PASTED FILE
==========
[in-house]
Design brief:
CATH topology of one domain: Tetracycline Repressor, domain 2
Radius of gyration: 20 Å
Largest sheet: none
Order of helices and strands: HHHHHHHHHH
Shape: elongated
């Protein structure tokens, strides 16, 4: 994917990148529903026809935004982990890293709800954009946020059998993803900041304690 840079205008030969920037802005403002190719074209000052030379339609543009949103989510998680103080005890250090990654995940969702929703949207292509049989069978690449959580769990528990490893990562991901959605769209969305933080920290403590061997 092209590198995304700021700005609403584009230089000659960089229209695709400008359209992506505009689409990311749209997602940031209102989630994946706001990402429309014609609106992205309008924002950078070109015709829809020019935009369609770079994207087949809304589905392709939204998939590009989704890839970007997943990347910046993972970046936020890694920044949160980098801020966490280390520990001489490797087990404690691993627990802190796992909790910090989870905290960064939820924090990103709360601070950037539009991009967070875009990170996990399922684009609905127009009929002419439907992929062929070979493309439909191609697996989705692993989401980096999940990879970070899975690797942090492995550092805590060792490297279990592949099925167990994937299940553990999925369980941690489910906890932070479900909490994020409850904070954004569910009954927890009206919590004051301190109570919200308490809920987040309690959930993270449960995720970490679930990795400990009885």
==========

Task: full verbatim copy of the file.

[in-house]
Design brief:
CATH topology of one domain: Tetracycline Repressor, domain 2
Radius of gyration: 20 Å
Largest sheet: none
Order of helices and strands: HHHHHHHHHH
Shape: elongated
């Protein structure tokens, strides 16, 4: 994917990148529903026809935004982990890293709800954009946020059998993803900041304690 840079205008030969920037802005403002190719074209000052030379339609543009949103989510998680103080005890250090990654995940969702929703949207292509049989069978690449959580769990528990490893990562991901959605769209969305933080920290403590061997 092209590198995304700021700005609403584009230089000659960089229209695709400008359209992506505009689409990311749209997602940031209102989630994946706001990402429309014609609106992205309008924002950078070109015709829809020019935009369609770079994207087949809304589905392709939204998939590009989704890839970007997943990347910046993972970046936020890694920044949160980098801020966490280390520990001489490797087990404690691993627990802190796992909790910090989870905290960064939820924090990103709360601070950037539009991009967070875009990170996990399922684009609905127009009929002419439907992929062929070979493309439909191609697996989705692993989401980096999940990879970070899975690797942090492995550092805590060792490297279990592949099925167990994937299940553990999925369980941690489910906890932070479900909490994020409850904070954004569910009954927890009206919590004051301190109570919200308490809920987040309690959930993270449960995720970490679930990795400990009885």